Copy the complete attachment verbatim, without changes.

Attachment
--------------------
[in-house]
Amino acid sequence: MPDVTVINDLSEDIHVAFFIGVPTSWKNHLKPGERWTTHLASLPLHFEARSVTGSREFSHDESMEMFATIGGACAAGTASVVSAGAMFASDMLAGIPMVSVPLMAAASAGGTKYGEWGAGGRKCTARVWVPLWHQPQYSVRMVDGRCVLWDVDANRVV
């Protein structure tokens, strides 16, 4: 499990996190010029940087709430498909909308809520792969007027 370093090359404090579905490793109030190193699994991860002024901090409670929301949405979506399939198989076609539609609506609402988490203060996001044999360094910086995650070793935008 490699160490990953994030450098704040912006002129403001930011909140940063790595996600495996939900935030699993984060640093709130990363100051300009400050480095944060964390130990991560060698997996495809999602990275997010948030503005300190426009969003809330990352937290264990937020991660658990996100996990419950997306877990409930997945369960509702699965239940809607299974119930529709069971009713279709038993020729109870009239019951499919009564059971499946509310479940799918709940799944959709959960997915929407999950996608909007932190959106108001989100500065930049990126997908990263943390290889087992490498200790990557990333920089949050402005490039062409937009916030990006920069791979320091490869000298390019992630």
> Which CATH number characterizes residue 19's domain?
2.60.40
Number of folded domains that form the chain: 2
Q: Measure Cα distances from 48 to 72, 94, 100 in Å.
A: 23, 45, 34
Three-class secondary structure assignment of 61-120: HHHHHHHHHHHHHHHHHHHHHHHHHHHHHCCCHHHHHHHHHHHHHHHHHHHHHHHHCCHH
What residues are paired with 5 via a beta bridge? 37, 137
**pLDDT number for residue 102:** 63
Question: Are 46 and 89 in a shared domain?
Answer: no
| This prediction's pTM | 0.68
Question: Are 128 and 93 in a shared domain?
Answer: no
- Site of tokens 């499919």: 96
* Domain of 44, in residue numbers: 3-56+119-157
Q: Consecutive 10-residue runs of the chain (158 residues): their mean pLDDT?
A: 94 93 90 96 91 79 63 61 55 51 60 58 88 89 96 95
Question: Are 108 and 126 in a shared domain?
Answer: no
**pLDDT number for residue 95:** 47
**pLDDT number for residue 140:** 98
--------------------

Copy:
[in-house]
Amino acid sequence: MPDVTVINDLSEDIHVAFFIGVPTSWKNHLKPGERWTTHLASLPLHFEARSVTGSREFSHDESMEMFATIGGACAAGTASVVSAGAMFASDMLAGIPMVSVPLMAAASAGGTKYGEWGAGGRKCTARVWVPLWHQPQYSVRMVDGRCVLWDVDANRVV
């Protein structure tokens, strides 16, 4: 499990996190010029940087709430498909909308809520792969007027 370093090359404090579905490793109030190193699994991860002024901090409670929301949405979506399939198989076609539609609506609402988490203060996001044999360094910086995650070793935008 490699160490990953994030450098704040912006002129403001930011909140940063790595996600495996939900935030699993984060640093709130990363100051300009400050480095944060964390130990991560060698997996495809999602990275997010948030503005300190426009969003809330990352937290264990937020991660658990996100996990419950997306877990409930997945369960509702699965239940809607299974119930529709069971009713279709038993020729109870009239019951499919009564059971499946509310479940799918709940799944959709959960997915929407999950996608909007932190959106108001989100500065930049990126997908990263943390290889087992490498200790990557990333920089949050402005490039062409937009916030990006920069791979320091490869000298390019992630």
> Which CATH number characterizes residue 19's domain?
2.60.40
Number of folded domains that form the chain: 2
Q: Measure Cα distances from 48 to 72, 94, 100 in Å.
A: 23, 45, 34
Three-class secondary structure assignment of 61-120: HHHHHHHHHHHHHHHHHHHHHHHHHHHHHCCCHHHHHHHHHHHHHHHHHHHHHHHHCCHH
What residues are paired with 5 via a beta bridge? 37, 137
**pLDDT number for residue 102:** 63
Question: Are 46 and 89 in a shared domain?
Answer: no
| This prediction's pTM | 0.68
Question: Are 128 and 93 in a shared domain?
Answer: no
- Site of tokens 């499919």: 96
* Domain of 44, in residue numbers: 3-56+119-157
Q: Consecutive 10-residue runs of the chain (158 residues): their mean pLDDT?
A: 94 93 90 96 91 79 63 61 55 51 60 58 88 89 96 95
Question: Are 108 and 126 in a shared domain?
Answer: no
**pLDDT number for residue 95:** 47
**pLDDT number for residue 140:** 98